The Bank of England has ordered the UK's banks to detail the steps they have taken to secure computers connected to the SWIFT international banking payments network, according to people familiar with the effort.
The UK central bank sent the request for an update on cyber security measures to all banks it regulates in mid-to-late April, according to the sources, who were not authorised to discuss the confidential communications.
The request comes after the Bangladesh government-appointed panel investigating the theft of US$81 million (A$112.3 million) from the country's central bank found SWIFT committed a number of mistakes in connecting a local network.
The attackers installed malware inside the bank's Dhaka headquarters that hid traces of their attack in a bid to delay discovery so they could access the funds, according to police and private security firms.
One source said the Bank of England instructed banks to conduct a "compliance check" to confirm whether they are following security practices recommended by SWIFT, which the firm recently reissued to members in the wake of the February heist.
The checks called for by the Bank of England include conducting user entitlement reviews, which ensure that only authorised staff have access to SWIFT applications and the service's messaging gateway.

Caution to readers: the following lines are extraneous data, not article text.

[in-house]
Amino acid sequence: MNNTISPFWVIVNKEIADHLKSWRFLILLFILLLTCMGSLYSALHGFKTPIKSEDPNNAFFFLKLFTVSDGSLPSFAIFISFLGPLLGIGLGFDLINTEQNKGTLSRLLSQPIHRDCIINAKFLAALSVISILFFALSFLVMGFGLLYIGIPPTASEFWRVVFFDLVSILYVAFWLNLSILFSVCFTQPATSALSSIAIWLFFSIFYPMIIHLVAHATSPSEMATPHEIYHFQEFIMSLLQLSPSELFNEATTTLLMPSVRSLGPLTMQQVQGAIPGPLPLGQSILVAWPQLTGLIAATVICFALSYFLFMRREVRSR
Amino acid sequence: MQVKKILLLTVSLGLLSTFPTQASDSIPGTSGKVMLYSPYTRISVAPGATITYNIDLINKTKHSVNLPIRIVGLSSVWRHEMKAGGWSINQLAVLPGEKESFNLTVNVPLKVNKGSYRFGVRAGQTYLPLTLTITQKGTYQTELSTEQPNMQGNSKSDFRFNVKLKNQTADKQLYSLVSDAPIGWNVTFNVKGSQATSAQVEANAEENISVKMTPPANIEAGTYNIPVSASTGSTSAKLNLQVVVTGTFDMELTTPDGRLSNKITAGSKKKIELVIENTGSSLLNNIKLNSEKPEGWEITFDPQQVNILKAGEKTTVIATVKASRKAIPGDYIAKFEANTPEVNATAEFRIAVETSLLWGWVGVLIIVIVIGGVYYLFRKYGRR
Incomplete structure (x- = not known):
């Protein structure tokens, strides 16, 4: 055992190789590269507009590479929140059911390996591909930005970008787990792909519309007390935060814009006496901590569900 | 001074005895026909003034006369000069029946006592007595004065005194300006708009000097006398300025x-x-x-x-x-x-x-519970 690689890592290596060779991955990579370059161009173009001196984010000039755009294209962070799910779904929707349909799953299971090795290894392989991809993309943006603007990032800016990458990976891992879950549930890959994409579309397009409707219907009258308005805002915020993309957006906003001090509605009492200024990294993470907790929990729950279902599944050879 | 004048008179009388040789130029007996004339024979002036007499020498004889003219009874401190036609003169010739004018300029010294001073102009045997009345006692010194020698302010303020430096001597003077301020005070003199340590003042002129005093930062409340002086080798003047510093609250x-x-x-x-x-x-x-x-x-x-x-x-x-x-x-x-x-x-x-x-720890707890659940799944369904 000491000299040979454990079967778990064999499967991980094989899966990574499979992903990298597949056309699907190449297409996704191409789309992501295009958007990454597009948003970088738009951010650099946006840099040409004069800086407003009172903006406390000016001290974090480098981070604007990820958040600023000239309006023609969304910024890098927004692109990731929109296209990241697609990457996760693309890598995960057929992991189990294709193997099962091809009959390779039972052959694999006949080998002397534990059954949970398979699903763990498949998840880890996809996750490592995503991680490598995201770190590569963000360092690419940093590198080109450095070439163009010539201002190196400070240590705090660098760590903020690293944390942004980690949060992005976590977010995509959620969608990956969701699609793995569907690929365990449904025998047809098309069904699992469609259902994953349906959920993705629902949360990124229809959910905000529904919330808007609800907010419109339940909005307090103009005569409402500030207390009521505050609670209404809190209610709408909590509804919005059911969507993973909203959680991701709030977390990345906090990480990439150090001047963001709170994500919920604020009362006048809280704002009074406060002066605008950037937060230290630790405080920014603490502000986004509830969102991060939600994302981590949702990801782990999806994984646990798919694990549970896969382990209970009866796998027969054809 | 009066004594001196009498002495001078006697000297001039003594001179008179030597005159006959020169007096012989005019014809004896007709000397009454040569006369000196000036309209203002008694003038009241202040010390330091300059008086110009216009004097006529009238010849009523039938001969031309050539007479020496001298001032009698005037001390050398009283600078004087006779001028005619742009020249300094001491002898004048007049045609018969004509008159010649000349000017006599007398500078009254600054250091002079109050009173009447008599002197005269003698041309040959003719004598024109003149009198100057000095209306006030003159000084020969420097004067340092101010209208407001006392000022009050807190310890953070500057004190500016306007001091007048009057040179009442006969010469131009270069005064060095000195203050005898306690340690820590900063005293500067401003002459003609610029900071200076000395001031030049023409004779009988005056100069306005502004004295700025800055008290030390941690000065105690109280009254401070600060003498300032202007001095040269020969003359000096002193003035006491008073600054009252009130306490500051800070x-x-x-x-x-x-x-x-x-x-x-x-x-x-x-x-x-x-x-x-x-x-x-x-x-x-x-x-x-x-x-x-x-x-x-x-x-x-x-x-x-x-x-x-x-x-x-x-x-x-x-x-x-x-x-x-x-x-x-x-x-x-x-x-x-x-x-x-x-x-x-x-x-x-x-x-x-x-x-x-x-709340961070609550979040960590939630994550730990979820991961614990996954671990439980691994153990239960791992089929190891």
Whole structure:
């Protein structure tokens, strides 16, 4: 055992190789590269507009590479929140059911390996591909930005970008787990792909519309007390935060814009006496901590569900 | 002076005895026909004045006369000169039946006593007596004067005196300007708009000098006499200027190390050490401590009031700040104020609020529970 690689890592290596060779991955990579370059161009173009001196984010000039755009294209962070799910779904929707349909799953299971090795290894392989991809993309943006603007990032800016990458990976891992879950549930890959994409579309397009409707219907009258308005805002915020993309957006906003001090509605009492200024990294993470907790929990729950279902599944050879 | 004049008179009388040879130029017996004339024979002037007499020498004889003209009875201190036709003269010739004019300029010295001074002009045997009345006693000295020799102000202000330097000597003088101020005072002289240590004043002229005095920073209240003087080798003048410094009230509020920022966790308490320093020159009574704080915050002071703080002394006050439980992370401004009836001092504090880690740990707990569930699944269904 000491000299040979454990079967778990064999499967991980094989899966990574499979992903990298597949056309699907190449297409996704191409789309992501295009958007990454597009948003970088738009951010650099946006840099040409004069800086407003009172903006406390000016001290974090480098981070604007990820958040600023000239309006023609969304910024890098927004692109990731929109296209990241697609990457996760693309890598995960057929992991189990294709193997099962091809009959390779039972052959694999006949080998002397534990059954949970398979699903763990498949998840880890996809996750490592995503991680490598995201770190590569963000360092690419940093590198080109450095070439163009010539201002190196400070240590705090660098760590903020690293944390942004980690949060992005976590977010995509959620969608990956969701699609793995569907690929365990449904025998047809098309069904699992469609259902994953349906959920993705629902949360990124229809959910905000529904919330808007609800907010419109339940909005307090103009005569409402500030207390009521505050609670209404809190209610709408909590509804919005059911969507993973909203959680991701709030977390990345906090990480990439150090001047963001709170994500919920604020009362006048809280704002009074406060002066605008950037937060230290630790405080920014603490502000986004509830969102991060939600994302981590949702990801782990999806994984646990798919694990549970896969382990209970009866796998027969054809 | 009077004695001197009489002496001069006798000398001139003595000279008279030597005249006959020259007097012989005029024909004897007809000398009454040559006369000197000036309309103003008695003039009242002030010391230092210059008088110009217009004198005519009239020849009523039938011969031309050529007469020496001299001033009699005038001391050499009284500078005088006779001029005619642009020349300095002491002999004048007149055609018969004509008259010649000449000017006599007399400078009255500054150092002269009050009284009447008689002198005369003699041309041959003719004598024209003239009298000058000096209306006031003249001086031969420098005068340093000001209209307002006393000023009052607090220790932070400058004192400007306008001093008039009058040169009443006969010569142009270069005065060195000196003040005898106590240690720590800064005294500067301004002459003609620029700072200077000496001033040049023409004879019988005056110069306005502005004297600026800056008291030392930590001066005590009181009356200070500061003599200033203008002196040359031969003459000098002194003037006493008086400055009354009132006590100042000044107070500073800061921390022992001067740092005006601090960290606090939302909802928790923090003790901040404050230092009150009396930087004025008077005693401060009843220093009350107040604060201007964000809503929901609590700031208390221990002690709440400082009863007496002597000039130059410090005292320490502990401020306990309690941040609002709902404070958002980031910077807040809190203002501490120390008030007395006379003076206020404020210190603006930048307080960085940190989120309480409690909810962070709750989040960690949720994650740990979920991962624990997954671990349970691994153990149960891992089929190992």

Banks were also told to review computer logs for indicators of compromise, including IP addresses and email addresses linked to recent attacks.
Those indicators include technical details included in reports from several private cyber security firms, including Britain's BAE Systems.
The communication from the Bank of England asked banks to respond by early May and to provide details about plans for installing an update to SWIFT's Alliance Access software, according to the source The messaging group last month released the update and asked members to install it by May 16.
The previously unreported action marks the earliest known case of a central bank in a major economy ordering its member banks to conduct a formal security review in response to the Bangladesh theft, which has shaken the global system for transferring money among both commercial and central banks.
The Bank of England, which is one of the G10 central banks that oversee Brussels-based SWIFT, declined to comment.
Meanwhile, Sweden's Riksbank yesterday called on all users of the central bank's RIX payments system to follow the SWIFT recommendations, a central bank spokesman said.